WRI/DIR: Lake Bell • PRO: Mark Roberts, Jett Steiger, Eddie Vaisman, Lake Bell • DOP: Seamus Tierney • ED: Tom McArdle • DES: Megan Fenton • Cast: Lake Bell, Fred Melamed, Demetri Martin, Ken Merino, Rob Corddry, Michaela Watkins, Nick Offerman
The second I heard the title and premise of this film my mind instantly leapt to the sublime trailer that Jerry Seinfeld crafted for his documentary ‘Comedian’. Seinfeld himself is nowhere to be seen on-screen in the inspired promo. Instead we are treated to an increasingly frustrated sound engineer trying to coach an experienced voice over artist (Hal Douglas) away from clichés like ‘In a world…….’ .
Who knows whether the same skit had a similar impact on the writer/ director and star of this film Lake Bell but I was curious whether there is more comedic material to be mined in this area. The answer is – kind of.
This specialist corner of the movie industry should be fertile territory for laughs populated as it is by rich-voiced purveyors of bombast and hyperbole. The grave and portentous intonings of a talented voiceover artist can confer gravitas on even the most creatively bankrupt project while out on the promotion trail. It’s a marketing tool fundamentally but there can also be magic in the alchemy of a truly rousing voiceover. Injecting drama where none exists. Imbuing levity in the witless. Inferring class upon trash.
And in the western world, it’s a profession seemingly dominated by a male monopoly. That’s the clever entry point for this fiction as Bell’s vocal coach Carol strives to venture into the lucrative movie voiceover market. As depicted, studio approved vocal artists are drawn from a shallow pool. A very shallow pool including Carol’s own competitive father (Fred Melamed) who is an industry legend but still as insecure as any novice. Carol is intimidated at the prospect of breaking up the boys’ club but she is encouraged by a smitten sound engineer Louis (Demitri Martin) and her older sister.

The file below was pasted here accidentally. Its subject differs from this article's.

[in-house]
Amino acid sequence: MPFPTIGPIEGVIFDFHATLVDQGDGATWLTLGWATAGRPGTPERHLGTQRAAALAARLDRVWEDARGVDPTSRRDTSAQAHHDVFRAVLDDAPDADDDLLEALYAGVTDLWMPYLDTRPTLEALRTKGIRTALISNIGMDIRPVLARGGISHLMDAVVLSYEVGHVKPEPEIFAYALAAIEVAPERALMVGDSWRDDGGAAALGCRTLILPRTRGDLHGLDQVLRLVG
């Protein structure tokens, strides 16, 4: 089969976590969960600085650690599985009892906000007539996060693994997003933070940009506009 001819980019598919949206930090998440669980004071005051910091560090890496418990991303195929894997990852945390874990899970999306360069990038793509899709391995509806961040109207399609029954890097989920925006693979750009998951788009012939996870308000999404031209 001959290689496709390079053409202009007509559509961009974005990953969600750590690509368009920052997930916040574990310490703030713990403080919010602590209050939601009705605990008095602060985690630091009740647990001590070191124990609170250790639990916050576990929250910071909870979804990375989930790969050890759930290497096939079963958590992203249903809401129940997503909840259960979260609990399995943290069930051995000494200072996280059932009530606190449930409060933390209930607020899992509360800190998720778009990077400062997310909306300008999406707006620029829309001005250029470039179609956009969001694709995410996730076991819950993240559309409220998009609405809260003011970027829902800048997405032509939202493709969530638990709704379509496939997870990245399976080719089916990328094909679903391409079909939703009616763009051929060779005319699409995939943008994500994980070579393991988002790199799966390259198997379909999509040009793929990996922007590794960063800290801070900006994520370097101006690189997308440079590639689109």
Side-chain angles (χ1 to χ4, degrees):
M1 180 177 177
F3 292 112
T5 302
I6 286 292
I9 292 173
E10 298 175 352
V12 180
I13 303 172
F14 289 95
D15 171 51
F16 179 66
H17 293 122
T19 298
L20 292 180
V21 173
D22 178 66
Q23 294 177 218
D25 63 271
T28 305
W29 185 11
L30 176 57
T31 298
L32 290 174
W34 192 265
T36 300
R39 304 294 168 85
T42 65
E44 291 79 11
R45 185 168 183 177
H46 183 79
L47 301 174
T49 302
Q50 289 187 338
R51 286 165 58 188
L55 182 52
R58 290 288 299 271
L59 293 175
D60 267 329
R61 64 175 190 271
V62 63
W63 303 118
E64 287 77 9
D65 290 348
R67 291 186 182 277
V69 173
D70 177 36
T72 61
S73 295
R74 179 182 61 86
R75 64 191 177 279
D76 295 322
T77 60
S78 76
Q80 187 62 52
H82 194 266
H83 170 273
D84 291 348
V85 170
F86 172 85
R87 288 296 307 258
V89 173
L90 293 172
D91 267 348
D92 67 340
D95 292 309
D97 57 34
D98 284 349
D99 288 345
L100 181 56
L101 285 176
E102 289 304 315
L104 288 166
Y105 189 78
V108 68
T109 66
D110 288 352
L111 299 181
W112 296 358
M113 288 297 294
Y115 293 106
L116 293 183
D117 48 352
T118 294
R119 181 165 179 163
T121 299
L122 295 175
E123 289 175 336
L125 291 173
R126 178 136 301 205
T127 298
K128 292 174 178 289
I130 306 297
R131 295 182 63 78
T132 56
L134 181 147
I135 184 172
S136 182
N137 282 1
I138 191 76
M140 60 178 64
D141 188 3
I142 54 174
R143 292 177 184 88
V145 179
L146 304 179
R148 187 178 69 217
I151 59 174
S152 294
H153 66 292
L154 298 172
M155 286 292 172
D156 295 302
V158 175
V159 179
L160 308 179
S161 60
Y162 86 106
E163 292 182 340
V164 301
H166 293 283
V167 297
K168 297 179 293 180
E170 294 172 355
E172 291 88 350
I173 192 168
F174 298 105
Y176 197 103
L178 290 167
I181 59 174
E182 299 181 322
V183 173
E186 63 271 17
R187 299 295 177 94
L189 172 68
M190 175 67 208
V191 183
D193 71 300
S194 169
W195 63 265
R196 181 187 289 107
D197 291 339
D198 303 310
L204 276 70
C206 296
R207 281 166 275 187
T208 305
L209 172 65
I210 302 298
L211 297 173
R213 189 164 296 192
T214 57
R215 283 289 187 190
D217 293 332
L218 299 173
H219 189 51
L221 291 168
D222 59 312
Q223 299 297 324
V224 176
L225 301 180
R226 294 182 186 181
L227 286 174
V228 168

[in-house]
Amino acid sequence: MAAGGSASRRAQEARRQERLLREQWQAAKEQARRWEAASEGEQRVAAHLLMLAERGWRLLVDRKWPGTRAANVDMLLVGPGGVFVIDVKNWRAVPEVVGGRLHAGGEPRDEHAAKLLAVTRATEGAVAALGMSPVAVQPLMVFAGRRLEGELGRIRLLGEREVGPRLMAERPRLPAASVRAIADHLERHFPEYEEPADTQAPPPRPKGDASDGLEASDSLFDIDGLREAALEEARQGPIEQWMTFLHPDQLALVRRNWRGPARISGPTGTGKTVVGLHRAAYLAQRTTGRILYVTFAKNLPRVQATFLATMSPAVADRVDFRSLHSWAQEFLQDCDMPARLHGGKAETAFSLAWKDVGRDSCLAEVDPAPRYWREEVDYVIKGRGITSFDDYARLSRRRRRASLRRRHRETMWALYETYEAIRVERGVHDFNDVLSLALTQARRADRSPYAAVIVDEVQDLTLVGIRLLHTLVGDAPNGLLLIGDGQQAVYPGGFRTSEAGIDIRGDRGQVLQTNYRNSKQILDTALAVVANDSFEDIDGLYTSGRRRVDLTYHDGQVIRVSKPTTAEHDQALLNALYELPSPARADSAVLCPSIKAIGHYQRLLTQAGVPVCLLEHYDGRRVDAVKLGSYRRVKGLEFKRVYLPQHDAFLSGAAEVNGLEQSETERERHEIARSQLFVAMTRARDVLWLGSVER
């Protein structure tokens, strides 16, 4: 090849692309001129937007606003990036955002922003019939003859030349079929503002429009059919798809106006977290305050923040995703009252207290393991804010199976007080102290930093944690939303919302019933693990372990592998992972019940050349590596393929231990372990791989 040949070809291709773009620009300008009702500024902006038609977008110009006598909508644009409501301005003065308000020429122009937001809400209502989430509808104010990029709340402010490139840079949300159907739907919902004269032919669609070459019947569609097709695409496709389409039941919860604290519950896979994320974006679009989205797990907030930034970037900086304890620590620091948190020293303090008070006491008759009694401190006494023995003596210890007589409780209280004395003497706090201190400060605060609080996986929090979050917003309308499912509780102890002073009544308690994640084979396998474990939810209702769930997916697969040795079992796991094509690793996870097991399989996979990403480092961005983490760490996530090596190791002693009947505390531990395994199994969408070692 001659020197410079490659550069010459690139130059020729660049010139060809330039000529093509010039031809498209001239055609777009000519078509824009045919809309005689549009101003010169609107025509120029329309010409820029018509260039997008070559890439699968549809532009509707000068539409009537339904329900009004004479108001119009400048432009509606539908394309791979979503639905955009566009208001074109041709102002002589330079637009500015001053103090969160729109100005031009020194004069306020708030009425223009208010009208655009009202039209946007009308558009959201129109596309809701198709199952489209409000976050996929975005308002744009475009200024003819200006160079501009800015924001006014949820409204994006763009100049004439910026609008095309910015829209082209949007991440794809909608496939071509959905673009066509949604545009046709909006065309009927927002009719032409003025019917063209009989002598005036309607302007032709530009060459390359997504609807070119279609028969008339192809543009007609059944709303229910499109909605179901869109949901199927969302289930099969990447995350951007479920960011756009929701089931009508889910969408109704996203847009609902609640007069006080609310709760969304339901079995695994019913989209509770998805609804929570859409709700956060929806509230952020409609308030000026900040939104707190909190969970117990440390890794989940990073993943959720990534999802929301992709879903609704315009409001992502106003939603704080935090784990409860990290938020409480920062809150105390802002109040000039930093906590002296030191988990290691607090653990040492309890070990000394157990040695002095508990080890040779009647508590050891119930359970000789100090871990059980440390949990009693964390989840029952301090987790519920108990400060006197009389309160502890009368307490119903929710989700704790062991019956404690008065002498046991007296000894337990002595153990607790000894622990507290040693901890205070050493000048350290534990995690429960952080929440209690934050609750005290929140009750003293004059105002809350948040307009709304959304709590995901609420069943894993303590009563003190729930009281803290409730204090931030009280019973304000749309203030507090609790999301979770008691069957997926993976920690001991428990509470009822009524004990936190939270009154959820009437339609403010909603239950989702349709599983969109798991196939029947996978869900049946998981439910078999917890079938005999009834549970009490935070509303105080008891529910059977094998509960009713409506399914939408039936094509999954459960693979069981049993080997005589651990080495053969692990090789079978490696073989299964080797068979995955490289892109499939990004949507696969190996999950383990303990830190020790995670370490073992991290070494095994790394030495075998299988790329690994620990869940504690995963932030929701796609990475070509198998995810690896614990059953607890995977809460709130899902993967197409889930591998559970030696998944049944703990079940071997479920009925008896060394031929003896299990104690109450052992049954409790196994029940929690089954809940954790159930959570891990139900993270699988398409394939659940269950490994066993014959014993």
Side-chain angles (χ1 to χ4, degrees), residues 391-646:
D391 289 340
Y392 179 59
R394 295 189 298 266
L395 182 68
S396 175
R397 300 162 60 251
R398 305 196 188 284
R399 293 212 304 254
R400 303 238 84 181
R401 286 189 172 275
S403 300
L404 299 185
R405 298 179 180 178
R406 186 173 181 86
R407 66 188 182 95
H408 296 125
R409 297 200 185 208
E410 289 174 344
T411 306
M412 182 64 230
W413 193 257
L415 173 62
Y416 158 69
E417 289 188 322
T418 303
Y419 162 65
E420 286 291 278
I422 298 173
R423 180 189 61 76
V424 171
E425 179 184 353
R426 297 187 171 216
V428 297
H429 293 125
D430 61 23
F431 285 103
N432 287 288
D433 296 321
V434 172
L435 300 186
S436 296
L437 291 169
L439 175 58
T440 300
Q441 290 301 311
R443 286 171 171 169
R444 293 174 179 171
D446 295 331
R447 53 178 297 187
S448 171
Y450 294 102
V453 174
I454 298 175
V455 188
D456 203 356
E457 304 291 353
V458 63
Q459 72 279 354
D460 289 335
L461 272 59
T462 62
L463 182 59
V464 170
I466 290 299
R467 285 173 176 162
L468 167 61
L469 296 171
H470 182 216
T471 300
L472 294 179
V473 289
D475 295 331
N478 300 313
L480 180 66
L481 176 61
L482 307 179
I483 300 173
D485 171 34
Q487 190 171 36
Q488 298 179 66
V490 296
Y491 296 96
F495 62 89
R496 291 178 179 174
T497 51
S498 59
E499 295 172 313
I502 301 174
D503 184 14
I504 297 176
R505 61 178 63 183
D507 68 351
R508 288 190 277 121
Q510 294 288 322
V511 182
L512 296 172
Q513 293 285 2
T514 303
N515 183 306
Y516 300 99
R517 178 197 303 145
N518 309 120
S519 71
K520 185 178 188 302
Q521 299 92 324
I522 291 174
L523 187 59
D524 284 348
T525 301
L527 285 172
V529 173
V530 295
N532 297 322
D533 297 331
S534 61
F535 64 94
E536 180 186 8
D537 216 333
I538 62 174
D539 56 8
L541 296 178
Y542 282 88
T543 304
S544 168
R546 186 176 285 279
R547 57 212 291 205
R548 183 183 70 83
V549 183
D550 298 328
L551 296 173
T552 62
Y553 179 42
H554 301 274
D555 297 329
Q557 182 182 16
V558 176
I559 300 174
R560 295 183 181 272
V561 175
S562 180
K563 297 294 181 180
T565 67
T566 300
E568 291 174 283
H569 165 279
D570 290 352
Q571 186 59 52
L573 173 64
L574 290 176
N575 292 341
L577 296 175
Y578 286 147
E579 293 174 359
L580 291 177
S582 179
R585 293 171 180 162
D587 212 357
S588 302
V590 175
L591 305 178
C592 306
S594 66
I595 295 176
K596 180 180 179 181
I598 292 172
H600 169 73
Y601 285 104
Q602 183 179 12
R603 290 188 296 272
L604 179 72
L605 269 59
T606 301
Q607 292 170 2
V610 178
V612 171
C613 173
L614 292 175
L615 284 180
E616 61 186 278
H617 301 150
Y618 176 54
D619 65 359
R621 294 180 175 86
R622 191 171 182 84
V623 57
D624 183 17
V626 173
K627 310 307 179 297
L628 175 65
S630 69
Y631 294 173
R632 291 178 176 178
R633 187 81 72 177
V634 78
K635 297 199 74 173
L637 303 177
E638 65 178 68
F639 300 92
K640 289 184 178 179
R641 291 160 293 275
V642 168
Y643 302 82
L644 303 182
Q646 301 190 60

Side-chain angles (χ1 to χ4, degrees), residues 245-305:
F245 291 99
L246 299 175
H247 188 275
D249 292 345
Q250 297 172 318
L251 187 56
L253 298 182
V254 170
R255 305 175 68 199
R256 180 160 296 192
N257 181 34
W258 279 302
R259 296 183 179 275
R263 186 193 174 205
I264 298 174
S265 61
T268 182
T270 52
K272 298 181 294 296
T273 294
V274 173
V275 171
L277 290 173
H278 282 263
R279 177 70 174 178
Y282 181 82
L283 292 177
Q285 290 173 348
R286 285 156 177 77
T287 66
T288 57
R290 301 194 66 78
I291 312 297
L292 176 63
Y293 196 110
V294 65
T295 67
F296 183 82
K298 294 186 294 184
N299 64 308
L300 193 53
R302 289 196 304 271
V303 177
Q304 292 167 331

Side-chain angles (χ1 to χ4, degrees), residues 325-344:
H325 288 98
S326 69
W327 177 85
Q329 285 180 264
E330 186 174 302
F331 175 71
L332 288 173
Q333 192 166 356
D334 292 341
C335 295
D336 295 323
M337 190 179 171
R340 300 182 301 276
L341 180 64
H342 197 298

Bizarrely, as Carol finally makes inroads in her career, her father resorts to subtly undermining her at first before turning openly hostile. The prize of securing the narration for a guaranteed blockbuster franchise ‘The Amazon Games’ becomes the crucible in which family allegiances are tested to the limit.
If that sounds a bit slight, you’ll have to sift through many subplots to keep track of the film’s central spine. Bell clutters proceedings with a variety of tangents and cameos that occasionally entertain but mainly distract. The conclusion that the film is being padded out to reach ninety minutes is hard to shake. For instance, a soapy relationship crisis for Carol’s sister generates few moments that would be missed if excised in its’ entirety. Similarly, an early brief appearance by Eva Longoria displays promise as Carol is hired to salvage the star’s apparently diabolical botching of a Cockney accent. It’s a funny notion, yet the scene fails to raise a smile nevermind a laugh.
In the end In a World is amiable and often impressive. It contains a couple of rib tickling moments and several sparkling one liners. It is uneven however. Logically enough because if all her roles before and behind the camera were judged separately, Bell would receive differing grades in each discipline. As a vehicle she designed for herself, the resultant film is more sturdy station wagon than Porsche.
And still my thoughts return to that ‘Comedian’ promo and the irrefutable feeling that it achieved more in a minute and a half than this feature manages in an hour and a half.
15A (See IFCO for details)
In a World… is released on 13th September 2013